The position of the Privy Council is in no way altered by the South African Case of Dendy v University of Witwatersrand, Johannesburg & Others -  1 LRC 291 where the Constitutional Court of South Africa held that:
“...The primary purpose of a constitutional remedy was to vindicate guaranteed rights and prevent or deter future infringements. In this context an award of damages was a secondary remedy to be made in only the most appropriate cases.
“…The primary object of constitutional relief was not compensatory but to vindicate the fundamental rights infringement and to deter their future infringement. The test was not what would alleviate the hurt which plaintiff contended for but what was appropriate relief required to protect the rights that had been infringed. Public policy considerations also played a significant role. It was not only the plaintiff's interest, but the interests of society as a whole that ought as far as possible to be served when considering an appropriate remedy.”
In Peters v. Marksman & Another  1 LRC the Eastern Caribbean Supreme Court quoted with approval the words of Patterson JA in Fuller v A-G of Jamaica (Civil Appeal 91/1995, unreported), where the Court held that:
“It is incumbent on the courts to develop appropriate principles and guidelines as to the quantum of awards of compensation where applicable… Where an award of monetary compensation is appropriate the crucial question must be what is a reasonable amount in the circumstances of the particular case. The infringement should be viewed in its true perspective as an infringement of the sacrosanct fundamental rights and freedoms of the individual and a breach of the supreme law of the land by the state itself. But that does not mean that the infringement should be blown out of all proportion to reality nor does it mean that it should be trivialized. In like manner the award should not be so large as to be a windfall nor should it be so small as to be nugatory.”
The Supreme Court of Canada established a consideration on when a remedy in a Constitutional violation case is “just and appropriate” in Doucet-Boudreau v. Nova Scotia (Minister of Education), 2003 SCC 62 to include, a remedy that will :
(1) meaningfully vindicate the rights and freedoms of the claimants;
(2) employ means that are legitimate within the framework of our constitutional democracy;
(3) be a judicial remedy which vindicates the right while invoking the function and powers of a court; and
(4) be fair to the party against whom the order is made.
Consistent with the above judicial experience and philosophy, it seems to us that the award of damages for constitutional violations of an individual's right by state or the government are reliefs under public law remedies within the discretion of a trial court, however, the court's discretion for award of damages in Constitutional violation cases though is limited by what is “appropriate and just”according to the facts and circumstances of a particular case. As stated above the primary purpose of a constitutional remedy is not compensatory or punitive but is to vindicate the rights violated and to prevent or deter any future infringements.The appropriate determination is an exercise in rationality and proportionality. In some cases, a declaration only will be appropriate to meet the justice of the case, being itself a powerful statement which can go a long way in effecting reparation of the breach, if not doing so altogether. In others, an award of reasonable damages may be called for in addition to the declaration. Public policy considerations is also important because it is not only the petitioner's interest, but the interests of society as a whole that ought as far as possible to be served when considering an appropriate remedy.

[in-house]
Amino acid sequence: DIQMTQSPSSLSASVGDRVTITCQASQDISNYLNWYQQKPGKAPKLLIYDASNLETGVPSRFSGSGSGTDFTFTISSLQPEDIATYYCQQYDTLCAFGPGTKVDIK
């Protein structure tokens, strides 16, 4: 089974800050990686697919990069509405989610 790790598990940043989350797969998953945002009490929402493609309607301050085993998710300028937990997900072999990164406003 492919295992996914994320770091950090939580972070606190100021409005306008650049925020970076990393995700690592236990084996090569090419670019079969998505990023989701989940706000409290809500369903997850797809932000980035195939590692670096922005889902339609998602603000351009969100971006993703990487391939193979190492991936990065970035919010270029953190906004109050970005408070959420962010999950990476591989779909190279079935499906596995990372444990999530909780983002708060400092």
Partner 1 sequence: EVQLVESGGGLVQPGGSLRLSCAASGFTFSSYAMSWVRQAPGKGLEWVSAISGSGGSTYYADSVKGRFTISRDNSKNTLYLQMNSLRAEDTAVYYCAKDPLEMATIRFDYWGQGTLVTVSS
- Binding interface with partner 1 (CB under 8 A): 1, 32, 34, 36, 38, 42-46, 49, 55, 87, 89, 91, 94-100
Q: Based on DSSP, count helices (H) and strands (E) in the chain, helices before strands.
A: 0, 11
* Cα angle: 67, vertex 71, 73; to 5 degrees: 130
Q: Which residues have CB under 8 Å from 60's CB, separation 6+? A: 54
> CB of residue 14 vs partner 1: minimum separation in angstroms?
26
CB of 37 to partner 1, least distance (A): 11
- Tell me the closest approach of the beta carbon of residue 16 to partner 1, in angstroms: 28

We now proceed to the issue of damages for losses suffered by the appellants companies or associated business interests where the learned Judge pronounced himself thus:
“In that regard, on Mr. Imanyara's liabilities, National Bank of Kenya, Deposit Protection Fund and the National Council of Churches of Kenya were never involved in the present proceedings. They are the ones to whom monies are owed and to make orders that may well affect their claims without affording them a chance to be heard would amount to an unconstitutional act and I decline to follow that route. In any event, the details of the liabilities are so scanty that I would not reach a fair decision based on the material before me. I would for example expect to know how the liabilities were incurred and the nexus between the present proceedings and those liabilities.
. On issue No.(iii), while noting the admitted liability on the part of the Respondents, I am certain that the allegations that 950,000 copies of “Finance Magazine” were destroyed, may well be exaggerated. But that is not the worrisome issue; Njehu Gatabaki instituted the present proceedings on his own behalf and while he had interests in “Finance Magazine”, in fact the magazine was published by and was the property of Finance Institute Ltd with or without Productions and Communications Ltd and Wanjega Enterprises Ltd having similar interests. None of those legal entities has sued for the alleged losses and it is not enough that Njehu Gatabaki may have an association with them.”
The learned Judge further concluded that: